Corroboration of a familial chordoma locus on chromosome 7q and evidence of genetic heterogeneity using single nucleotide polymorphisms (SNPs).

Published

Journal Article

Chordoma, a rare bone tumor originating from notochordal remnants, has a genetic predisposition in some families. Previously, we performed linkage analysis using microsatellite (STR) markers on 3 unrelated chordoma kindreds (16 patients with chordoma) and reported significant evidence for linkage to chromosome 7q33 (Z(max) = 4.78) with a minimal disease gene region of 11 cM. In our present study, we performed linkage analysis in these 3 families using chromosome 7 single nucleotide polymorphisms (SNPs). Parametric and nonparametric multipoint analyses showed significant linkage to 7q markers with p < 0.001 and Z(max) = 2.77, respectively. The minimal disease gene region was not reduced by combined SNP and STR haplotype analysis compared to the previous STR haplotype analysis alone. We genotyped members of a fourth chordoma family with SNP and STR markers for chromosome 7q and for 1p36, the location of a previously reported chordoma locus. Affected members of this family did not share a common haplotype on 7q, and the family did not show evidence of linkage to 1p36. Thus, we corroborated a chordoma locus on chromosome 7q in the 3 original families and demonstrated evidence for genetic heterogeneity in the fourth family. Our study also provided insights into some limitations and analytical complexities associated with using a dense SNP marker set in linkage analysis of complex pedigrees.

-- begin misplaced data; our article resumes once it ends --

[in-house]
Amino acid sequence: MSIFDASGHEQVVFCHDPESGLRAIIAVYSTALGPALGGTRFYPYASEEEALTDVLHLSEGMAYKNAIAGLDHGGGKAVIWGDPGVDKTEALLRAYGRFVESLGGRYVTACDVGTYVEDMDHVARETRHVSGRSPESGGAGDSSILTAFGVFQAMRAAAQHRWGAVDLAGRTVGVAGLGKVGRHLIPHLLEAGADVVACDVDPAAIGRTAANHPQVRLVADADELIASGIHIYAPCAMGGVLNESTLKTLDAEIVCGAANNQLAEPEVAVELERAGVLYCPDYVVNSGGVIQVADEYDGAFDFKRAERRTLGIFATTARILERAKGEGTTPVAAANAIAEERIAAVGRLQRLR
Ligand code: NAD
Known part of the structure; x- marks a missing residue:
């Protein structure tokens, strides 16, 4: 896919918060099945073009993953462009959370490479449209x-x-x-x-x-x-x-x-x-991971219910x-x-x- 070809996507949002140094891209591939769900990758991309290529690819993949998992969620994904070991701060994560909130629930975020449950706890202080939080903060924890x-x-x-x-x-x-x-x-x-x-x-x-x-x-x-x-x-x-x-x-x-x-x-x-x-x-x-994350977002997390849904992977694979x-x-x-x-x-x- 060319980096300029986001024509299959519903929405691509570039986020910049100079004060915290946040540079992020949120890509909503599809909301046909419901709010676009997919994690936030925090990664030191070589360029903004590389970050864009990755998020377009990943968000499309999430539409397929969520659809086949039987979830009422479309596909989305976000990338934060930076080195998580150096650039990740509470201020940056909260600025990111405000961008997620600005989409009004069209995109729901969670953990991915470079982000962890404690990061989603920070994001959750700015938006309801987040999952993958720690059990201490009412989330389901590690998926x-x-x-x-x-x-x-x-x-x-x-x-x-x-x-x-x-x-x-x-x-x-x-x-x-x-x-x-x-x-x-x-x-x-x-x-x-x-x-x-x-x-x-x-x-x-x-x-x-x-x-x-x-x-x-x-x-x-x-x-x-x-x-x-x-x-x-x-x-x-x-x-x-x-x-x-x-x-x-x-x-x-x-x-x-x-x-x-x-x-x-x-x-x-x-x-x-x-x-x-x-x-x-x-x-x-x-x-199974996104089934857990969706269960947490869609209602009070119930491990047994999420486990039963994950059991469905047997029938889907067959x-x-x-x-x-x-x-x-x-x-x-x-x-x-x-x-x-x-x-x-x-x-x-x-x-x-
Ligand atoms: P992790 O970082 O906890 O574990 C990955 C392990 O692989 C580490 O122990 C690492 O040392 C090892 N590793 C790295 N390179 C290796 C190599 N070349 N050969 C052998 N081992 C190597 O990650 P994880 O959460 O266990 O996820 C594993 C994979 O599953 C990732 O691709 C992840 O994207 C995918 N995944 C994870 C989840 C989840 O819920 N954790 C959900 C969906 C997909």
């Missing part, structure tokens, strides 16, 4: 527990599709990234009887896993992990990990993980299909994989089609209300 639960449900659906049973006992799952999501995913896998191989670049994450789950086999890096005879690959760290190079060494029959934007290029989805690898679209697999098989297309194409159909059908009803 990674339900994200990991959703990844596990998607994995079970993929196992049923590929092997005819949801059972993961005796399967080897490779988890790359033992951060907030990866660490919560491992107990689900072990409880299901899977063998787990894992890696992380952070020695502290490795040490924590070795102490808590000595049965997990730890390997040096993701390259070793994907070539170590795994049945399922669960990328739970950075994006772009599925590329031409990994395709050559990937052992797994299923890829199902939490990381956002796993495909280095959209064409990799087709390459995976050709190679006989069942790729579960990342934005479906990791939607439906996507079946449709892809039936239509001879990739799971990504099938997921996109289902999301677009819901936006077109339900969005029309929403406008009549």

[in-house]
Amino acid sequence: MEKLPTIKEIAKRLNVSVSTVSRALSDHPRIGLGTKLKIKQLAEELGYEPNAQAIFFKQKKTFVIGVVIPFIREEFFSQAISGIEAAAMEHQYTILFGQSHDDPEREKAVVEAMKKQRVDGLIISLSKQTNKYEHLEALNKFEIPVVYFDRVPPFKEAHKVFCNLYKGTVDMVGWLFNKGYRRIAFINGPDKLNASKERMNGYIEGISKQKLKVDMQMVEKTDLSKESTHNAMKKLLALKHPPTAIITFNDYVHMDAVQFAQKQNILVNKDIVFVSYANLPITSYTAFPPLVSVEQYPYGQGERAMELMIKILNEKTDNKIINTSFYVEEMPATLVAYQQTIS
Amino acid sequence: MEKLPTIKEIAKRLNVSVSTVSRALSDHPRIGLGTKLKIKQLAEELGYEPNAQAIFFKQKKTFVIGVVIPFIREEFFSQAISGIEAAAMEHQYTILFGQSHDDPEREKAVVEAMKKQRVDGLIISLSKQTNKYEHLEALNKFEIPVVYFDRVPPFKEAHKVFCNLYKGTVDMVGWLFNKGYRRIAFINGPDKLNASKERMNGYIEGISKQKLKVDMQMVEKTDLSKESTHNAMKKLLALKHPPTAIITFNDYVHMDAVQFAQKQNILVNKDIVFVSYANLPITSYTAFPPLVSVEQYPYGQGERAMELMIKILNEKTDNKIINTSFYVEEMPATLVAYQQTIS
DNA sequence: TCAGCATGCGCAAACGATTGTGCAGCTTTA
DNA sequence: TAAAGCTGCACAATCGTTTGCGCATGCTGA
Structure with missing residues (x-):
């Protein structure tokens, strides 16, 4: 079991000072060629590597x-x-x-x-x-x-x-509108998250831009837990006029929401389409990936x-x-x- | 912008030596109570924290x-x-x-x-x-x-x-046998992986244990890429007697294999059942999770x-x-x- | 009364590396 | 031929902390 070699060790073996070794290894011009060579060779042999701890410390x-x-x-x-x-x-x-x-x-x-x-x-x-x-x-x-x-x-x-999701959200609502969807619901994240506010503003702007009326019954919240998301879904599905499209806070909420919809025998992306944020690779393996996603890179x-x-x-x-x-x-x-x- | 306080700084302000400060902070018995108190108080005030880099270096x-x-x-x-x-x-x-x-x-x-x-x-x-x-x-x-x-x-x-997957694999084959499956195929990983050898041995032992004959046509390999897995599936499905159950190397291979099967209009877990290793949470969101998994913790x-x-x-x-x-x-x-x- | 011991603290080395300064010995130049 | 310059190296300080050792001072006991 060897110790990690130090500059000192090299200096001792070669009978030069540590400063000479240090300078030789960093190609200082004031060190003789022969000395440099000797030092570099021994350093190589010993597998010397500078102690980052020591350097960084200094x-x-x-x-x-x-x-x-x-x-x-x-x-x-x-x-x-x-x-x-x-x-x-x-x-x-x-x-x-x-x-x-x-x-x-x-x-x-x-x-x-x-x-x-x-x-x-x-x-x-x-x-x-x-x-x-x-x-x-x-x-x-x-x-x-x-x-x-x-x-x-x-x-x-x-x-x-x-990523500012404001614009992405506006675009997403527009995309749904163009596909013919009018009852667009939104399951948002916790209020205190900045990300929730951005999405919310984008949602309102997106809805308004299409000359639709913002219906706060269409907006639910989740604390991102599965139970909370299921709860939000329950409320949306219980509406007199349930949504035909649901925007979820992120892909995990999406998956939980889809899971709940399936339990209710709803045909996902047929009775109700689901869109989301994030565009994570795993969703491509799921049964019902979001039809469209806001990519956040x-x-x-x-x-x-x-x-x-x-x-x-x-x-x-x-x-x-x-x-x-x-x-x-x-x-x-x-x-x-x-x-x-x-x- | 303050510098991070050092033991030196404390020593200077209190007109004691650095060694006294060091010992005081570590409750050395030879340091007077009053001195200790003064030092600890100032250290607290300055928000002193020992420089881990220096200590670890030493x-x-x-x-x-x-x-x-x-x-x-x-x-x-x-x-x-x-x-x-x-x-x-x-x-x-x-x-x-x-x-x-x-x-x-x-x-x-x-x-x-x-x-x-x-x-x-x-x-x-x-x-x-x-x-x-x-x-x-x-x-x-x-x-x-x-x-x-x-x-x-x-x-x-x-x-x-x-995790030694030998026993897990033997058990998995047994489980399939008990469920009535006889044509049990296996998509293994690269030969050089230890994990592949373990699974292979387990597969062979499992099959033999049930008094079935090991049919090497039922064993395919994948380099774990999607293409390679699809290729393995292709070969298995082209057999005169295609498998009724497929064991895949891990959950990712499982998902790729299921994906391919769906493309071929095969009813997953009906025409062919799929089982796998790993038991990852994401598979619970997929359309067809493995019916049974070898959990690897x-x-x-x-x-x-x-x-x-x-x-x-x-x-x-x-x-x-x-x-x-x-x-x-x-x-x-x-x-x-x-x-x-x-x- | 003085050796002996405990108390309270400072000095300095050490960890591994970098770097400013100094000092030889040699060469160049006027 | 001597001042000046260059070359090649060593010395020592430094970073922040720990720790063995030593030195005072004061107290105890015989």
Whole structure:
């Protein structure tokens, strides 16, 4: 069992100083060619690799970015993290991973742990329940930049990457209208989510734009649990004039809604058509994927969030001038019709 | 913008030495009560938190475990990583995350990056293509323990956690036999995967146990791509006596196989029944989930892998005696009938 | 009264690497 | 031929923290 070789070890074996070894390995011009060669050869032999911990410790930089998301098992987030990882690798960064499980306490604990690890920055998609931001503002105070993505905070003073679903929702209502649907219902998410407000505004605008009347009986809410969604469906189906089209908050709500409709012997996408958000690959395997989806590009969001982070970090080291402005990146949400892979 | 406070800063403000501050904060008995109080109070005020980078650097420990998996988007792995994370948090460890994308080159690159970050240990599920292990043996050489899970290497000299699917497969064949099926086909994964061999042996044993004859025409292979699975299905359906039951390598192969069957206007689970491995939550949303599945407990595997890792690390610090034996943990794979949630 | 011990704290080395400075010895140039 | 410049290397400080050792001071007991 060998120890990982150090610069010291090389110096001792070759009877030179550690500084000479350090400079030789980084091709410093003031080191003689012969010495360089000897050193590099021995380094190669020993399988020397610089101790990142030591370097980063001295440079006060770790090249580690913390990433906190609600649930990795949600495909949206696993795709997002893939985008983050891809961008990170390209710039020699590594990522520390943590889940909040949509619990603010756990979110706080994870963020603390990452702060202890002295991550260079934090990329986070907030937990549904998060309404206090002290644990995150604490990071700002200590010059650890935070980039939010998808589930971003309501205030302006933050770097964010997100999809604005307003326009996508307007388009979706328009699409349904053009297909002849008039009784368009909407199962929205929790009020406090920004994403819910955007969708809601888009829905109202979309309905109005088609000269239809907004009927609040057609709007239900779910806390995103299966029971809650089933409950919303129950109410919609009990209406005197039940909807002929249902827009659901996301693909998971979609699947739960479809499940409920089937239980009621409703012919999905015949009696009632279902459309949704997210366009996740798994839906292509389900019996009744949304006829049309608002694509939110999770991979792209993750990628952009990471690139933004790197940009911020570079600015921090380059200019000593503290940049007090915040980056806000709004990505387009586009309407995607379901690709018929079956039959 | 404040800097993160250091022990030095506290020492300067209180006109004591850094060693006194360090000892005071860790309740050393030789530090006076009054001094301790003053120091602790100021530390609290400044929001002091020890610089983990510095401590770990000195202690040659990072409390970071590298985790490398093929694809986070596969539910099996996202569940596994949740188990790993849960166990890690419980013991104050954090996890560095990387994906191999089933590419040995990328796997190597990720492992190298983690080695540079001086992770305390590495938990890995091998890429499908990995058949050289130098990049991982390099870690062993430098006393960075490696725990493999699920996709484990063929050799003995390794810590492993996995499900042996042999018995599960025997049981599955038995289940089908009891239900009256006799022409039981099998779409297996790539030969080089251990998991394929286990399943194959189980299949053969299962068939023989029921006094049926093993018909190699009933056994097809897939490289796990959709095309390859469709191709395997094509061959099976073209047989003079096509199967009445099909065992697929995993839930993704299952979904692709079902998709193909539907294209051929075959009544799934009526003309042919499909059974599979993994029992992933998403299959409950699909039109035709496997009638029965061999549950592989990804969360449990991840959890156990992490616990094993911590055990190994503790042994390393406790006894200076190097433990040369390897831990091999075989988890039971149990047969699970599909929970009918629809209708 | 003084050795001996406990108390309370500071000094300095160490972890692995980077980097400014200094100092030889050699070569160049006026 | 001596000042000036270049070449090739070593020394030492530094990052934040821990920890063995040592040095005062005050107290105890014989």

Full Text

Duke Authors

Cited Authors

  • Yang, XR; Beerman, M; Bergen, AW; Parry, DM; Sheridan, E; Liebsch, NJ; Kelley, MJ; Chanock, S; Goldstein, AM

Published Date

  • September 2005

Published In

Volume / Issue

  • 116 / 3

Start / End Page

  • 487 - 491

PubMed ID

  • 15818627

Pubmed Central ID

  • 15818627

Electronic International Standard Serial Number (EISSN)

  • 1097-0215

International Standard Serial Number (ISSN)

  • 0020-7136

Digital Object Identifier (DOI)

  • 10.1002/ijc.21006

Language

  • eng